Skin care

Between studying for classes and preparing for midterms, a skincare routine might be the last thing on students’ minds. Starting a skincare routine can add structure to your schedule while also treating your skin for stress, clogged pores, acne, dullness and age lines.

Skincare may seem like it only consists of overpriced luxury products you see in advertisements, but this list will help you find products that not only work, but are affordable on a college budget.


The biggest part of your skincare routine should include a cleaner, according to Dr. Charles Zugerman, associate clinical professor of dermatology at Northwestern University. A quality cleanser can help remove bacteria, dirt and makeup from your face and pores. It can also help prepare your skin for the rest of your routine.

Try: Biore Blemish Fighting ICE Cleanser ($6.49 on Amazon) to help remove dirt and oil and clear acne. Great for all skin types. If you have sensitive skin, try Cetaphil Gentle Skin Cleanser ($7.00 at Target) to combat irritating symptoms.


Even during the winter, the sun can damage your skin cells. Using sunscreen can help prevent spots, skin aging and skin cancer. By adding sunscreen to your routine, you can combat these threats and moisturize your skin.

Try: Neutrogena sunscreen for any situation. From sports to your makeup routine, Neutrogena has a sunscreen for anyone. (Prices vary; roughly $9 depending on product).


Toners can help remove excess makeup, wipe away oils, balance your pH, hydrate, fight acne, help with your skin’s texture and aid discoloration.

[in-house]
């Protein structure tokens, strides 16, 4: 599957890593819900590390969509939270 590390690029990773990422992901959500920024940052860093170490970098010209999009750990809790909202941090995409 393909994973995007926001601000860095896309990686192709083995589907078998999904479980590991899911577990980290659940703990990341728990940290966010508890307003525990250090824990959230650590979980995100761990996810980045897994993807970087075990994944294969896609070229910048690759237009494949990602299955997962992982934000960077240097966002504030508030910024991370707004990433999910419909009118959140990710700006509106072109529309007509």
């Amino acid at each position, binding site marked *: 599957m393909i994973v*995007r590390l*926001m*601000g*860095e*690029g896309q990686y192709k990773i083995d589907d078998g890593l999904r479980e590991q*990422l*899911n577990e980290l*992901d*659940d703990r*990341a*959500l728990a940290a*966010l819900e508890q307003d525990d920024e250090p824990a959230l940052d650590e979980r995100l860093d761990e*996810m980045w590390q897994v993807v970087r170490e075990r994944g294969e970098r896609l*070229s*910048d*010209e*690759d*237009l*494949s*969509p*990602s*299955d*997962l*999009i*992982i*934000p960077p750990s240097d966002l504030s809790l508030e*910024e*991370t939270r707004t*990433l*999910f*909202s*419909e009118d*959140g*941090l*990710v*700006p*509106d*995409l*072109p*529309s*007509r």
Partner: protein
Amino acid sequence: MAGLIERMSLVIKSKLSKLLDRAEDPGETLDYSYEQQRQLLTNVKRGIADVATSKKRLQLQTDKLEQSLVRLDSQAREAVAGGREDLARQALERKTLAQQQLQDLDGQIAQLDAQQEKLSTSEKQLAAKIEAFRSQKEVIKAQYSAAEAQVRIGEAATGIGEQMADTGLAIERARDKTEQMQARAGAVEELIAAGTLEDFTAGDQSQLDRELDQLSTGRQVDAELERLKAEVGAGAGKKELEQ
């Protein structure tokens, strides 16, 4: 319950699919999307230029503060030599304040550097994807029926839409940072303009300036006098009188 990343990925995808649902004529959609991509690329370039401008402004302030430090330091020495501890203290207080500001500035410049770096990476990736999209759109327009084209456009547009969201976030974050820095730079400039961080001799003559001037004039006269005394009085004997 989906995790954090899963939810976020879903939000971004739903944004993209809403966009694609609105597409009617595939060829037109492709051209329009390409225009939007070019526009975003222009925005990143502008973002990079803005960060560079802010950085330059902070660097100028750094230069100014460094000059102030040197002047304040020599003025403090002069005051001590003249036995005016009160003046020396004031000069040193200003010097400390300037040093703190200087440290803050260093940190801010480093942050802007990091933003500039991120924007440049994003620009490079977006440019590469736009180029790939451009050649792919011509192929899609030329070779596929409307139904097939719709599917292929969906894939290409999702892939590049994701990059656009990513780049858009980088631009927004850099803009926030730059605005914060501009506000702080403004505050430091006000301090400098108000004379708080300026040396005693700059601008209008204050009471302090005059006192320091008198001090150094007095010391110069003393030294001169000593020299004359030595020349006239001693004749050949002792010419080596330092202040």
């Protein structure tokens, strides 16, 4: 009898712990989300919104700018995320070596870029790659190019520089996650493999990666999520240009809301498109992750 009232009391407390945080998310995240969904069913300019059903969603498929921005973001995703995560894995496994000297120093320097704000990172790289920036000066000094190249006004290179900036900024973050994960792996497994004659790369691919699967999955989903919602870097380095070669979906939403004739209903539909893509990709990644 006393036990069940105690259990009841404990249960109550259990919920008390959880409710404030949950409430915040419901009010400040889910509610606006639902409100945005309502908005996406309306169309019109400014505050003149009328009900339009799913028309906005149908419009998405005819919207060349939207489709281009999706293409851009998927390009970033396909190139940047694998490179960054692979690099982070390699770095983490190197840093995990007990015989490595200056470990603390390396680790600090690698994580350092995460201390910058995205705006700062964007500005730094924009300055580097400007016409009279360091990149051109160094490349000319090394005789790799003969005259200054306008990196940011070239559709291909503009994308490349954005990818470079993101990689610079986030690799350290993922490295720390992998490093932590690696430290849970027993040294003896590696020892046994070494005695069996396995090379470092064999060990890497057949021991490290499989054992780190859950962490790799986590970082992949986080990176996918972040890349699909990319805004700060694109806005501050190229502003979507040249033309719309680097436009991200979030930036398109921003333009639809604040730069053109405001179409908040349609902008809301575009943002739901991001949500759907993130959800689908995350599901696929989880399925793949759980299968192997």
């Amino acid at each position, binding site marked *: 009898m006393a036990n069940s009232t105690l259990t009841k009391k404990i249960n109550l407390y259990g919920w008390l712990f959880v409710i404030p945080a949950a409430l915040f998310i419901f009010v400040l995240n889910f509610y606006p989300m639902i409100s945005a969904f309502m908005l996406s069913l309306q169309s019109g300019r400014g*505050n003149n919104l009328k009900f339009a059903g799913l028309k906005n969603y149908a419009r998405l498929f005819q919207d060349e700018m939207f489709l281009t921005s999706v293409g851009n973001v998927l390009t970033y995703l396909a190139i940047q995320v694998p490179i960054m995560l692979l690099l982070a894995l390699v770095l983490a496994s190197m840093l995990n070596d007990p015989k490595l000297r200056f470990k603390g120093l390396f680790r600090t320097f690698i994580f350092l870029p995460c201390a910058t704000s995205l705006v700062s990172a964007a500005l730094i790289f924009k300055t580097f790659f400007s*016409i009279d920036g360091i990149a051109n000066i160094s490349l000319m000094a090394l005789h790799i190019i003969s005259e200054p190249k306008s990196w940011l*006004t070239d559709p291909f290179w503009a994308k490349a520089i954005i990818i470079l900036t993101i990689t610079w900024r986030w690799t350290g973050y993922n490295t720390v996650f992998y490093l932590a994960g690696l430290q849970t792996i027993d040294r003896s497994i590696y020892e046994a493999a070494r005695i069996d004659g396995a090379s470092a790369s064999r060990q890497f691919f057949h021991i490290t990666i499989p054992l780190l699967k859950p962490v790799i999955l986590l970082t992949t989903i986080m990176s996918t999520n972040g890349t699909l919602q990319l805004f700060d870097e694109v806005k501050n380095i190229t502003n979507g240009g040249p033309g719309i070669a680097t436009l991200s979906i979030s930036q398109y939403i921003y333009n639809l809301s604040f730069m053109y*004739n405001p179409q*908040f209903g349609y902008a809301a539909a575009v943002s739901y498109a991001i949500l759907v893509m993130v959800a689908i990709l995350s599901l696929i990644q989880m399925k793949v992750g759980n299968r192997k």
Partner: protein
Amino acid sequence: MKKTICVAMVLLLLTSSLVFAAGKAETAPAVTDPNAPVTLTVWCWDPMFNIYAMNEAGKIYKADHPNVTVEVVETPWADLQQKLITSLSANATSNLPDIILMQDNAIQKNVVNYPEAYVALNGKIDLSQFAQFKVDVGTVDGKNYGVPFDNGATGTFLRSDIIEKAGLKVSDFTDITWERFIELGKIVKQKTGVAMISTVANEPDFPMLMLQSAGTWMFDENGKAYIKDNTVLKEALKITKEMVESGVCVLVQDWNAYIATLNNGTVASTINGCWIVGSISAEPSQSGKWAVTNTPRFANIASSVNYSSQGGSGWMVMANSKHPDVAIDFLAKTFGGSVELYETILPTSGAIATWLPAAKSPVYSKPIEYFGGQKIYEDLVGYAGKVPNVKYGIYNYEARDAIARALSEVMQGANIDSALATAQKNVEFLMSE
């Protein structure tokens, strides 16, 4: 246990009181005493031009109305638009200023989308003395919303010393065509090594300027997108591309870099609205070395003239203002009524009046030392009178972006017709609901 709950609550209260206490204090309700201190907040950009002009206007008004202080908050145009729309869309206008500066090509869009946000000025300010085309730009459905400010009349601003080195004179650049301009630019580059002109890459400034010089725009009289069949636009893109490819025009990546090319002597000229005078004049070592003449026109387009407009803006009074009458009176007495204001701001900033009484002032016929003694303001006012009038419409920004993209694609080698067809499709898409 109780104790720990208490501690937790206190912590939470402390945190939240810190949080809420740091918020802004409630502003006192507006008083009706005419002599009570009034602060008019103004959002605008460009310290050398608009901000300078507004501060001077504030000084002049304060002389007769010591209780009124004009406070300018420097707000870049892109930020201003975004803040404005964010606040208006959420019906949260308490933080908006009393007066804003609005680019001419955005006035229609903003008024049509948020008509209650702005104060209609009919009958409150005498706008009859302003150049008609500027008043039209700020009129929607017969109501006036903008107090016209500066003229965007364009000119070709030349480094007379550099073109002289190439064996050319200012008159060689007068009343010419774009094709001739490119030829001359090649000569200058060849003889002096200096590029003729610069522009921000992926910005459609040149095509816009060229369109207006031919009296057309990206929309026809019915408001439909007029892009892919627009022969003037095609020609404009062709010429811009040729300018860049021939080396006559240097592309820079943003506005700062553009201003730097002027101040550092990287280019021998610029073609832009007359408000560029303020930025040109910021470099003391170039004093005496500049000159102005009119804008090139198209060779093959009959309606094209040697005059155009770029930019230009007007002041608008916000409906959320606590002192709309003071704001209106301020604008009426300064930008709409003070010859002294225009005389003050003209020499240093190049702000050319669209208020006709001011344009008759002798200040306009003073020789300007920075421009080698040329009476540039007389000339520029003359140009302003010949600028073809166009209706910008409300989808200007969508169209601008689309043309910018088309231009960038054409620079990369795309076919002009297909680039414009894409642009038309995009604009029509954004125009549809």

Try: Thayers Natural Remedies offers toners for every skin type, and its products come in several scents — from rose petals to coconut to unscented. ($3.39 on Kroger Ship)

Face Masks:

The Discover Good Nutrition website explains why face masks are a great addition to a skincare routine. They offer a detoxifying cleanser, remove dead skin cells and can be mixed and matched to help treat your skin for practically any situation.

Try: The Sephora Collection ($6 at stores or online). Face masks aren’t an everyday necessity, but they’re great for a “treat yourself” moment.

Now that you have this information, don’t forget to do your own research. Everyone’s skin is different, so just because a product works for one person doesn’t mean it will work for you — and vice versa.

Be sure to verify whether you’re allergic to certain skincare ingredients, and check product labels for common irritants. Also, make sure to find out whether your skin type is oily, dry or combination to learn which products are best suited for you.